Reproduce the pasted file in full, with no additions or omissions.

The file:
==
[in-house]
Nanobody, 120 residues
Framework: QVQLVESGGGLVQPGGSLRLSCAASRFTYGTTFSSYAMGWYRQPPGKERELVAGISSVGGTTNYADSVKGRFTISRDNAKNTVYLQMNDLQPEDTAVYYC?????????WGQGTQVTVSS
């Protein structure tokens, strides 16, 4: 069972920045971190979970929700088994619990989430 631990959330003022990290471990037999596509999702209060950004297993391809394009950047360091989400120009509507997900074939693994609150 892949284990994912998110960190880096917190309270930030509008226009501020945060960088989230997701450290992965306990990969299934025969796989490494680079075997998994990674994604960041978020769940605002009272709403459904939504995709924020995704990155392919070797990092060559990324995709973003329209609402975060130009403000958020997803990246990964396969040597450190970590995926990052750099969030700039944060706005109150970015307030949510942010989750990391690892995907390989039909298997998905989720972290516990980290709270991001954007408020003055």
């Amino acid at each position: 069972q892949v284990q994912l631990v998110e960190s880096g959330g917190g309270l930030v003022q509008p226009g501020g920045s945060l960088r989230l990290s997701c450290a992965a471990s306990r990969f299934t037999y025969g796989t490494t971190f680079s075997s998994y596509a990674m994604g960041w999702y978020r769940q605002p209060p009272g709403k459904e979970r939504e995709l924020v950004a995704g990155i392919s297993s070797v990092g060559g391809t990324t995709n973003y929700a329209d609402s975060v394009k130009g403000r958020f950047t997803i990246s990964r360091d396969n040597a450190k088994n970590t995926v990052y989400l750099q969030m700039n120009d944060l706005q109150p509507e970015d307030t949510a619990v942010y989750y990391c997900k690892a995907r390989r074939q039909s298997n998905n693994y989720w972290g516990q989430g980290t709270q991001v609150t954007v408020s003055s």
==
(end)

[in-house]
Nanobody, 120 residues
Framework: QVQLVESGGGLVQPGGSLRLSCAASRFTYGTTFSSYAMGWYRQPPGKERELVAGISSVGGTTNYADSVKGRFTISRDNAKNTVYLQMNDLQPEDTAVYYC?????????WGQGTQVTVSS
């Protein structure tokens, strides 16, 4: 069972920045971190979970929700088994619990989430 631990959330003022990290471990037999596509999702209060950004297993391809394009950047360091989400120009509507997900074939693994609150 892949284990994912998110960190880096917190309270930030509008226009501020945060960088989230997701450290992965306990990969299934025969796989490494680079075997998994990674994604960041978020769940605002009272709403459904939504995709924020995704990155392919070797990092060559990324995709973003329209609402975060130009403000958020997803990246990964396969040597450190970590995926990052750099969030700039944060706005109150970015307030949510942010989750990391690892995907390989039909298997998905989720972290516990980290709270991001954007408020003055």
């Amino acid at each position: 069972q892949v284990q994912l631990v998110e960190s880096g959330g917190g309270l930030v003022q509008p226009g501020g920045s945060l960088r989230l990290s997701c450290a992965a471990s306990r990969f299934t037999y025969g796989t490494t971190f680079s075997s998994y596509a990674m994604g960041w999702y978020r769940q605002p209060p009272g709403k459904e979970r939504e995709l924020v950004a995704g990155i392919s297993s070797v990092g060559g391809t990324t995709n973003y929700a329209d609402s975060v394009k130009g403000r958020f950047t997803i990246s990964r360091d396969n040597a450190k088994n970590t995926v990052y989400l750099q969030m700039n120009d944060l706005q109150p509507e970015d307030t949510a619990v942010y989750y990391c997900k690892a995907r390989r074939q039909s298997n998905n693994y989720w972290g516990q989430g980290t709270q991001v609150t954007v408020s003055s």